- مبلغ: ۸۶,۰۰۰ تومان
- مبلغ: ۹۱,۰۰۰ تومان
Actinorhodopsin (ActR) is a light-driven outward H+ pump. Although the genes of ActRs are widely spread among freshwater bacterioplankton, there are no prior data on their functional expression in native cell membranes. Here, we demonstrate ActR phototrophy in the native actinobacterium. Genome analysis showed that Candidatus Rhodoluna planktonica, a freshwater actinobacterium, encodes one microbial rhodopsin (RpActR) belonging to the ActR family. Reflecting the functional expression of RpActR, illumination induced the acidification of the actinobacterial cell suspension and then elevated the ATP content inside the cells. The photochemistry of RpActR was also examined using heterologously expressed RpActR in Escherichia coli membranes. The purified RpActR showed λmax at 534 nm and underwent a photocycle characterized by the very fast formation of M intermediate. The subsequent intermediate, named P620, could be assigned to the O intermediate in other H+ pumps. In contrast to conventional O, the accumulation of P620 remains prominent, even at high pH. Flash-induced absorbance changes suggested that there exists only one kind of photocycle at any pH. However, above pH 7, RpActR shows heterogeneity in the H+ transfer sequences: one first captures H+ and then releases it during the formation and decay of P620, while the other first releases H+ prior to H+ uptake during P620 formation.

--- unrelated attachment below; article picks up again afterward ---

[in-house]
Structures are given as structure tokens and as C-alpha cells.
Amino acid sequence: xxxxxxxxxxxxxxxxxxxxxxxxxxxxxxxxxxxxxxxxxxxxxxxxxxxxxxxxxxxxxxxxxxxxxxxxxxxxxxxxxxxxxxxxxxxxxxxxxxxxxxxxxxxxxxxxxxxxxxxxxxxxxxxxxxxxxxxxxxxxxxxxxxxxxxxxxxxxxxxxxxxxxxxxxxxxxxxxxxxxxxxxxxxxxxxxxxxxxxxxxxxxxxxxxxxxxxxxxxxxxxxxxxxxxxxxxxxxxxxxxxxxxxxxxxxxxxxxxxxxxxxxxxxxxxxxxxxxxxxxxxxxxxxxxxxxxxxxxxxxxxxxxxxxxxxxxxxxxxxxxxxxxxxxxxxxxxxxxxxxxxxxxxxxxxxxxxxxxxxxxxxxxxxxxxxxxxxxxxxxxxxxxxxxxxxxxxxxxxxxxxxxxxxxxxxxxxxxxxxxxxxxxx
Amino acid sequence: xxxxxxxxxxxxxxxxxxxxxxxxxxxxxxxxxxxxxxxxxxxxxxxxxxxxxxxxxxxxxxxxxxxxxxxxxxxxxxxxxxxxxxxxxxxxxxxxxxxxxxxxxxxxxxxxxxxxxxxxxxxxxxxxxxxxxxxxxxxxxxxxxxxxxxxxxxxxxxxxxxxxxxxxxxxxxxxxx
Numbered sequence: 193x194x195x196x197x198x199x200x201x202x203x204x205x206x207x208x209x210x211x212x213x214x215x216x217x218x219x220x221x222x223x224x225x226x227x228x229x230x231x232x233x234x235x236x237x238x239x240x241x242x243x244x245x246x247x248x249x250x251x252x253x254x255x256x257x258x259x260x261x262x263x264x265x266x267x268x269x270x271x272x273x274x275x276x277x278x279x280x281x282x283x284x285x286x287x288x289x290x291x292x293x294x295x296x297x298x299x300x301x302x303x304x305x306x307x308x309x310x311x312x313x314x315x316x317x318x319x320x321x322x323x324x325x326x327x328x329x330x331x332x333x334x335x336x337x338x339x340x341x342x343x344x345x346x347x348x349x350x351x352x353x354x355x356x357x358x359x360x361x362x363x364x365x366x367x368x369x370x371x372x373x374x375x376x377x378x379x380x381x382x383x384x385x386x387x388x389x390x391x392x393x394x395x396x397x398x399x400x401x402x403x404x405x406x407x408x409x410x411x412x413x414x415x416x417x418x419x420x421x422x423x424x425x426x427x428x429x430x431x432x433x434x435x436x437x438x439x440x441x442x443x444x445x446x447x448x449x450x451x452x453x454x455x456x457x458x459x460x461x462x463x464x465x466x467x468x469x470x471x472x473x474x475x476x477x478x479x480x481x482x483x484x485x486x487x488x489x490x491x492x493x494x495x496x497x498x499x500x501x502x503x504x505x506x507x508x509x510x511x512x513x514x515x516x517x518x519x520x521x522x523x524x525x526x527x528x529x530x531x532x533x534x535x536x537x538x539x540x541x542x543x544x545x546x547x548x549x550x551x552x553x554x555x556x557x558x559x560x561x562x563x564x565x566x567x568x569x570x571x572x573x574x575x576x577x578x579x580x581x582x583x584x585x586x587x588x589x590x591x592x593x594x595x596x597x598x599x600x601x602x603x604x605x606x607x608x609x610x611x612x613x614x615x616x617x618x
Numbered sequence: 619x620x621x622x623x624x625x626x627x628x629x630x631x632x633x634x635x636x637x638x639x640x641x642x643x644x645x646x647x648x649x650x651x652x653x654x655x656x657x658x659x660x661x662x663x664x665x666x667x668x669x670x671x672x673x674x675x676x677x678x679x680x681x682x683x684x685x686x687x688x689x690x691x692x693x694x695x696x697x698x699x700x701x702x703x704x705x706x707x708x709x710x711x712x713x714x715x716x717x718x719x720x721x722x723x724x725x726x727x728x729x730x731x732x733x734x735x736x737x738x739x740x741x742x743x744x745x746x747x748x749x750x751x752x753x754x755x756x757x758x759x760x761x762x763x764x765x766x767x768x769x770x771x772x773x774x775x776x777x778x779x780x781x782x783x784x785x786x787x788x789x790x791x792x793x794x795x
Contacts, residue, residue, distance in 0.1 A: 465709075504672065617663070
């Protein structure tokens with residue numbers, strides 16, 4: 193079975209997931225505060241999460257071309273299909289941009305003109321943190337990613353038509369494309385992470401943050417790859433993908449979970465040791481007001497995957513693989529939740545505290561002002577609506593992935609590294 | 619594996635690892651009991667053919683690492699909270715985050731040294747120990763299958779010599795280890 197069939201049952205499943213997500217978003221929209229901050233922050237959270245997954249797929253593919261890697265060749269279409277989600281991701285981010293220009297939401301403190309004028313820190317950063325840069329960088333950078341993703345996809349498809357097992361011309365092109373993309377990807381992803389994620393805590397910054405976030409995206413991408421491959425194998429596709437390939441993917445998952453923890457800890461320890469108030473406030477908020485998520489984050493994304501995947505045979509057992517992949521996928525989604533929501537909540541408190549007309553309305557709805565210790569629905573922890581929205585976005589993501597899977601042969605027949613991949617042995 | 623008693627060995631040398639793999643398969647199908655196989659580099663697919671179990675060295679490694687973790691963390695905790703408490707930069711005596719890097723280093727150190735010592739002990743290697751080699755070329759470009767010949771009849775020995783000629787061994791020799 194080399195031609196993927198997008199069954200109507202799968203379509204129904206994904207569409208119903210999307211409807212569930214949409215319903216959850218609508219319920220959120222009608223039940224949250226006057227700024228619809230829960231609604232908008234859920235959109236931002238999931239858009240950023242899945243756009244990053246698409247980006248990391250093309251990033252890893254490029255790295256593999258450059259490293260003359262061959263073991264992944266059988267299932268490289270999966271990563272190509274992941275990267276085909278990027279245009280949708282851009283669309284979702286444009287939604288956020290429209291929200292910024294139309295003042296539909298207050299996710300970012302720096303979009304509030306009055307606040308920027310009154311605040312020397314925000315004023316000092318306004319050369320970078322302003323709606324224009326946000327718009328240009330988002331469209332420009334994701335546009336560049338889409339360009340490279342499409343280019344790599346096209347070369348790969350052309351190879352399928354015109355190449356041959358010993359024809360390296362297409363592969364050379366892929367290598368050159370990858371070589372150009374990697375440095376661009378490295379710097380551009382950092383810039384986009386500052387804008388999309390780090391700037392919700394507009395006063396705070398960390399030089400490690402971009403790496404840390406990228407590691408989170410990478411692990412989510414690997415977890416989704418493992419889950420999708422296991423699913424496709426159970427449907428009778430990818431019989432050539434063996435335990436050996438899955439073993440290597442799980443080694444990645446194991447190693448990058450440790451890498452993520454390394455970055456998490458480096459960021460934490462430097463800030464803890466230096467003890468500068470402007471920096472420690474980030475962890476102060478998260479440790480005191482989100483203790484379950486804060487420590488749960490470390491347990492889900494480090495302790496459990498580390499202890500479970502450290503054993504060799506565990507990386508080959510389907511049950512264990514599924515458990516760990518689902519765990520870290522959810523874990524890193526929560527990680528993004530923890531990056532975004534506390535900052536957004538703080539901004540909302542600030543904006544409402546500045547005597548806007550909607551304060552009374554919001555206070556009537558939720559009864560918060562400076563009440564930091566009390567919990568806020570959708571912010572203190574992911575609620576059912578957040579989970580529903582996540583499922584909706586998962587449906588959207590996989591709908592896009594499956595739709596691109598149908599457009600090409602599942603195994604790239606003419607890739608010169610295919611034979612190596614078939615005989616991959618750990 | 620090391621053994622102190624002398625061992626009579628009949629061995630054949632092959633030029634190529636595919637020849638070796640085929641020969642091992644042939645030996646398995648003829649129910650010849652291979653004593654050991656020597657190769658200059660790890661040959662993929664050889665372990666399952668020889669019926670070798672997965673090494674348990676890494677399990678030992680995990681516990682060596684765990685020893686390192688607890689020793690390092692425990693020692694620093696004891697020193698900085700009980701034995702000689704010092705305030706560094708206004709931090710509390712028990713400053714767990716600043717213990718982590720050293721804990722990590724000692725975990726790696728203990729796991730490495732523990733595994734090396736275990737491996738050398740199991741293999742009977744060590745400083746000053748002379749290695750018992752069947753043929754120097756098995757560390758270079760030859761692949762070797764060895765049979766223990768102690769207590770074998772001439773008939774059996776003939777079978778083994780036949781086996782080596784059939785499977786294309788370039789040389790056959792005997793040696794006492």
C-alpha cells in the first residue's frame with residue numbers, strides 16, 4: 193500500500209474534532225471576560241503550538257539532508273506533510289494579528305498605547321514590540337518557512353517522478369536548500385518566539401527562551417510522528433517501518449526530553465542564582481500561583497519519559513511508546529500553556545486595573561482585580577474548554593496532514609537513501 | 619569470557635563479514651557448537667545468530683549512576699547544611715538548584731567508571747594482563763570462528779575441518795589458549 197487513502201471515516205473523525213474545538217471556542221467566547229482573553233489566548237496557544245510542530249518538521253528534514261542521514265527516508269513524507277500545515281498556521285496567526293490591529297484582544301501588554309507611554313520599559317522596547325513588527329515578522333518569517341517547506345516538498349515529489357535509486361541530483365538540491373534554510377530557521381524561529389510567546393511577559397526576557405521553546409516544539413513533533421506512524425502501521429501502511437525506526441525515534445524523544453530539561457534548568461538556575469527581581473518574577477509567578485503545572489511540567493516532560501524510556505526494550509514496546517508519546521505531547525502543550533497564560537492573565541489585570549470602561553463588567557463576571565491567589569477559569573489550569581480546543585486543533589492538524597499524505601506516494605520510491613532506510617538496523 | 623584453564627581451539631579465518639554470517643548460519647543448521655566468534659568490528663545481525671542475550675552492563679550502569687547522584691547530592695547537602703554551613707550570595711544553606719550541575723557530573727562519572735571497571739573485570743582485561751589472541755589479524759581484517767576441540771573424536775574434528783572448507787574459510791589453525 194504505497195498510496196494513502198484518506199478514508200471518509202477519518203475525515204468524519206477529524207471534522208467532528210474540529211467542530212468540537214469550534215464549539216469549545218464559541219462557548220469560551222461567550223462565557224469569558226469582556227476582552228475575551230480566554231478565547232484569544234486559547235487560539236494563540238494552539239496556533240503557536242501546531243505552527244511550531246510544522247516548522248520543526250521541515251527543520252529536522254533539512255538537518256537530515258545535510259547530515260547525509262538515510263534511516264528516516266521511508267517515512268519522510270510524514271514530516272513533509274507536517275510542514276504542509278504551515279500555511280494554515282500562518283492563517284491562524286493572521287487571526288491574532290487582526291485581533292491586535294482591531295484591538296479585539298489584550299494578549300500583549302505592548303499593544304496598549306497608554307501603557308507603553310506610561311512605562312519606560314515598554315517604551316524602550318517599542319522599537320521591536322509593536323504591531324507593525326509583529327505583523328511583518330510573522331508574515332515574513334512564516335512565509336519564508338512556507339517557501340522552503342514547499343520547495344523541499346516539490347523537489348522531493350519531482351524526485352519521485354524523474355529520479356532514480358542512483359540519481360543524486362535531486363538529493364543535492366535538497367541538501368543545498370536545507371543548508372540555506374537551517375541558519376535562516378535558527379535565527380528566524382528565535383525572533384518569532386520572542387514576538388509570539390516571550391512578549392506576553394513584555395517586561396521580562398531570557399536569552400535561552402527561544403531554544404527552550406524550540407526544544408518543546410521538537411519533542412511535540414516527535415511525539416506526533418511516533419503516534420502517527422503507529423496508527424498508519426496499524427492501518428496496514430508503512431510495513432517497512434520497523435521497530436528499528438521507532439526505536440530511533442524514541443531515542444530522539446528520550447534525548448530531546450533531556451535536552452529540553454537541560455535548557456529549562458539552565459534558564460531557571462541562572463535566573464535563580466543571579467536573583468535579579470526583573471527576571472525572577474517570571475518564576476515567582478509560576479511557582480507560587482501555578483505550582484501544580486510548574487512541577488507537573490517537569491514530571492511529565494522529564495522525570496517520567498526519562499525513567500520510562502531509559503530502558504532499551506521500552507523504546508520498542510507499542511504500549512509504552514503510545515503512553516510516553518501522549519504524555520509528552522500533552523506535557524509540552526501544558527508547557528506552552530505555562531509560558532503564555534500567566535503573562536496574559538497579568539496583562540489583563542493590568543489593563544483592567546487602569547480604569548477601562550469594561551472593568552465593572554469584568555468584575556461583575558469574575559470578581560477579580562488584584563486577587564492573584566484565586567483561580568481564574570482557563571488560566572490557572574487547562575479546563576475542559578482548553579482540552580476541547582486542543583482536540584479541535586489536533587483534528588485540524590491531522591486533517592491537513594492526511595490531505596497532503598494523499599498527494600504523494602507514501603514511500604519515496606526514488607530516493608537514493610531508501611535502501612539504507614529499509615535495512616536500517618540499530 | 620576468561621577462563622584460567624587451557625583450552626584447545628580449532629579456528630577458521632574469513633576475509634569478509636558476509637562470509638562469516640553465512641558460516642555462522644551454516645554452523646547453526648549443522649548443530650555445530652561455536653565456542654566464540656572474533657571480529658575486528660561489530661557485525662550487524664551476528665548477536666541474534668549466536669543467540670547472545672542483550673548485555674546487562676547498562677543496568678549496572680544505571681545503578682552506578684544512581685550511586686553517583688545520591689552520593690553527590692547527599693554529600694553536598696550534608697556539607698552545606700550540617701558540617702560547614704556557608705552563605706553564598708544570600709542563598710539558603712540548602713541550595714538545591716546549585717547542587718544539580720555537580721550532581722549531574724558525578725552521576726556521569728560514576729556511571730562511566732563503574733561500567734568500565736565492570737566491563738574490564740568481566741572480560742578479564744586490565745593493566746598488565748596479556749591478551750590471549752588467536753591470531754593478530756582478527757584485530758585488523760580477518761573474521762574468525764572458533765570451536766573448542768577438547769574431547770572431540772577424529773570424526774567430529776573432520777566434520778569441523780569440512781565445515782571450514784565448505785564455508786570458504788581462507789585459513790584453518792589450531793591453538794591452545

In this study, we present the first observation of ActR phototrophy in native actinobacterial cells. Without the help of exogenous retinal, RpActR showed light-induced H+ pump activity and drove ATP production in its natural host cells. This result confirms the predicted signifi- cance of ActRs to the solar-energy inflow into freshwater ecosystems. Using the purified RpActR, we found several interesting features in the photocycle. M formation is extremely fast: It is competed before 10 μs and could not be followed by our apparatus. Compared to other H+ pumps, there appears to be no specific difference in the residues surrounding both the PSB and the H+ acceptor Asp92 (Fig. S1). Thus, the fast H+ transfer between them might be caused by their specific coordination in the photolyzed state. After M formation, P620 and RpActR′ appear sequentially. P620 could be assigned to O in BR and other H+ pumps. However, unlike conventional O, the decay of P620 shows pHdependent retardation. This decay is probably governed by the protonation state of a certain residue. At pH 6, RpActR first captures H+ during P620 formation and then releases H+ during P620 decay. Above pH 7, approximately half of RpActR releases H+ prior to uptake during P620 formation. The natural host of RpActR inhabits a pH-neutral freshwater pond. Thus, in the natural environment, RpActR probably shows heterogeneity in its H+ transfer sequences. Does this heterogeneity confer a survival advantage to the cells in the freshwater environment? This question is an interesting topic for future investigation.